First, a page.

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Will Ahmmon Richards Bounce Back?

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The star caliber wide-out had an injury plagued 2017 campaign, but looks to return to form in 2018.

NCAA Football: Virginia at Miami Steve Mitchell-USA TODAY Sports

Ahmmon Richards’ Freshman year showed us his super-star ability and play-making skill. Whether it was burning DBs, or eluding multiple defenders, Richards was a machine, and his talent was recognized nationwide. Breaking Michael Irvin’s Freshman receiving record, we expected Ahmmon to come back in 2017 and do the same as the year before.

However, instead of rivaling the 934-yards he put up as a Freshman, Ahmmon posted 439 yards in 8 games. Surprisingly, he caught 3 TD passes in both years, yet one year was obviously more productive than the other. Richard’s troubles can’t be blamed on lack of skill though, as he sat out the first, and last 2 games of the season due to a hamstring injury. Unfortunately, his injury continuously plagued him, as we commonly saw Ahmmon hobble to the sidelines after being tackled. When the news of this injury broke, we were hopeful that it would halt after the first 2 games of the season, but the case was quite the opposite.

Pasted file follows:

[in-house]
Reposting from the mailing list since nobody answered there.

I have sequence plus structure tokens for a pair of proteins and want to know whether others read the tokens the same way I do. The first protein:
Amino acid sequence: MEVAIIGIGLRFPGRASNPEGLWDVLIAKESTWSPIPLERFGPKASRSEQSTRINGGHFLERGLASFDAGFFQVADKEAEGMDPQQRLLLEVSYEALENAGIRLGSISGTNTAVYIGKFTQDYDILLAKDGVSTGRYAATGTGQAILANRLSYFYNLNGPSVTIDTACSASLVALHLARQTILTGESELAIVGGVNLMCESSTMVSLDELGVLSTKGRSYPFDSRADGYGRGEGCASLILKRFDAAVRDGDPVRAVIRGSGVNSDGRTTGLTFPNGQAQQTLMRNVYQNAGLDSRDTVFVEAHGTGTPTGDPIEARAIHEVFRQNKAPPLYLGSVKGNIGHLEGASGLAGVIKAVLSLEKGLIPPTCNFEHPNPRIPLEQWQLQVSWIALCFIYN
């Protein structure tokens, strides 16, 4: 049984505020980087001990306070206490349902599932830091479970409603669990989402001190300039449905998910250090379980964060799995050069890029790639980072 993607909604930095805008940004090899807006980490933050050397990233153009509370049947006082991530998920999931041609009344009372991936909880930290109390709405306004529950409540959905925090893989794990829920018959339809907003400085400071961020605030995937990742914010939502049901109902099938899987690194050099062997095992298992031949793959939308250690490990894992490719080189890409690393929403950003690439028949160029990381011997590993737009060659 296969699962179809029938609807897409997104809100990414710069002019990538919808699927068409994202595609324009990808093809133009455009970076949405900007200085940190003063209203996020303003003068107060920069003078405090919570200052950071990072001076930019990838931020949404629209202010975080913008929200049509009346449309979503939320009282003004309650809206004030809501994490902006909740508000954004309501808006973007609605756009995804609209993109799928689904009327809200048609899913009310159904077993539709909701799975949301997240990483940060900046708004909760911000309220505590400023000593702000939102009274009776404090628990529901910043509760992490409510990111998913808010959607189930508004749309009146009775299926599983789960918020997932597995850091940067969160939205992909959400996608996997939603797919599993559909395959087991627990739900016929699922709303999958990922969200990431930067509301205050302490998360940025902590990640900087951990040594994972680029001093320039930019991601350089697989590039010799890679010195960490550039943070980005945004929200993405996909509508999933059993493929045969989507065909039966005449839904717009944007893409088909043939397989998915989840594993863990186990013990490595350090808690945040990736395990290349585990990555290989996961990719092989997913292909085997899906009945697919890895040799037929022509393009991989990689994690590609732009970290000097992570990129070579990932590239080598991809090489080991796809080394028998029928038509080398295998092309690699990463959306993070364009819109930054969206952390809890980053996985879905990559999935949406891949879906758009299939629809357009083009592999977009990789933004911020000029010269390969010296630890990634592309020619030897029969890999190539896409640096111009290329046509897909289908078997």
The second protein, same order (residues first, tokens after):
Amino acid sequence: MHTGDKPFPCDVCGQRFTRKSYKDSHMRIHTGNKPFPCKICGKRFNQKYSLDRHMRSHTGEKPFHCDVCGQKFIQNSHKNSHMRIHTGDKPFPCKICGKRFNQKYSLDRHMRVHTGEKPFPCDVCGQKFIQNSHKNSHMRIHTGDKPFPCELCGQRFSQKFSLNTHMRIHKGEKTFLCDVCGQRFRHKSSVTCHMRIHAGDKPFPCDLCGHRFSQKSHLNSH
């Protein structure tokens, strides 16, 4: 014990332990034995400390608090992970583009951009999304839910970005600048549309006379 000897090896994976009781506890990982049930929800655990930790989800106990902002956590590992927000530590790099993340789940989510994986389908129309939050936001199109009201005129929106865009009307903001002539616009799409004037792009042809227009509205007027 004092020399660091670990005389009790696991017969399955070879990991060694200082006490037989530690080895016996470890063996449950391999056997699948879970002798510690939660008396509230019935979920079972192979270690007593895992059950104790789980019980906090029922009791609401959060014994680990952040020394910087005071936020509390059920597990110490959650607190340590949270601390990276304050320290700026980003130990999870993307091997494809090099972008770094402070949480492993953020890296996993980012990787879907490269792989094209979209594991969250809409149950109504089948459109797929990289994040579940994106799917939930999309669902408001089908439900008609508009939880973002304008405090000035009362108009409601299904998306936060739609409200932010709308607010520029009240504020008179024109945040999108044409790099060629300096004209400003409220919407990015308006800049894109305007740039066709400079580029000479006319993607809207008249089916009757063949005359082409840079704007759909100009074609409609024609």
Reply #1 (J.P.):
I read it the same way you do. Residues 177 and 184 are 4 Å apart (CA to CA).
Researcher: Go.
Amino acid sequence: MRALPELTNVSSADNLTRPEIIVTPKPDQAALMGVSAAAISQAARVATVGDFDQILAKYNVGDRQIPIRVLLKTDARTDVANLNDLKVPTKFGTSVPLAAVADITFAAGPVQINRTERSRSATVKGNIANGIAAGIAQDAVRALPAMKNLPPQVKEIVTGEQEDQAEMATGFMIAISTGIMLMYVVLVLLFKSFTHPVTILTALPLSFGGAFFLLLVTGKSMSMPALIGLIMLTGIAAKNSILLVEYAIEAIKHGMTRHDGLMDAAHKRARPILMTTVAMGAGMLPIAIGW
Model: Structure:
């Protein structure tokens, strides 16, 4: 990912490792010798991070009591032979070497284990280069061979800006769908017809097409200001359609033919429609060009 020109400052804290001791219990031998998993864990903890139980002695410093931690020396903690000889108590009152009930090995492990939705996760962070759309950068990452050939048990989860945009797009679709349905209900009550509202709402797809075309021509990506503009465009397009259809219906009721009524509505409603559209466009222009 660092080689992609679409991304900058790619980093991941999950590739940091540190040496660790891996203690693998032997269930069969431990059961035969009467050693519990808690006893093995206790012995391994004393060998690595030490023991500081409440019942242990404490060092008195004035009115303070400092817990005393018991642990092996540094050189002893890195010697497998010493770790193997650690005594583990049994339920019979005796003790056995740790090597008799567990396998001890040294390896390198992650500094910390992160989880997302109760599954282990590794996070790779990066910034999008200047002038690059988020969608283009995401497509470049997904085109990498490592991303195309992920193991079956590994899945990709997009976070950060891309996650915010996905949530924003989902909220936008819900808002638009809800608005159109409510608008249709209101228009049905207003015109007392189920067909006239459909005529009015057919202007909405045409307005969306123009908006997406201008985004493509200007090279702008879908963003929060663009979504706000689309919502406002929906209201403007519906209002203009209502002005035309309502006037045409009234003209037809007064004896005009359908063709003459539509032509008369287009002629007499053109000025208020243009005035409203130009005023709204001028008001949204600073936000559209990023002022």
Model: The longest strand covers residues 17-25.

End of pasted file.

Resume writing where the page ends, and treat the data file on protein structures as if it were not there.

As of now, Ahmmon reminds me a lot of former Cane, Stacy Coley. As a Freshman, Stacy reeled in 591 yards with 7 TDs, and a huge 73-yard TD run against Pittsburgh. We had high hopes for him as a Sophomore; but instead, he disappeared. 184-yards was the season total for Coley that year, who had the quintessential Sophomore slump. Coley however, would catch 13 TDs combined in his Junior and Senior years, and became Miami’s most solid receiver. His hands were strong, and his speed was unmatched. This bounce back, assures me that Ahmmon will find his way again in his Junior year.

Last year, the Canes lost their starting receiver and tight end in the last regular season game. These losses hurt the Canes more than expected, despite having players behind them that seemed like more-than-capable replacements. A 100% Ahmmon may have negated those issues, and we can only hope for a clean bill of health in 2018.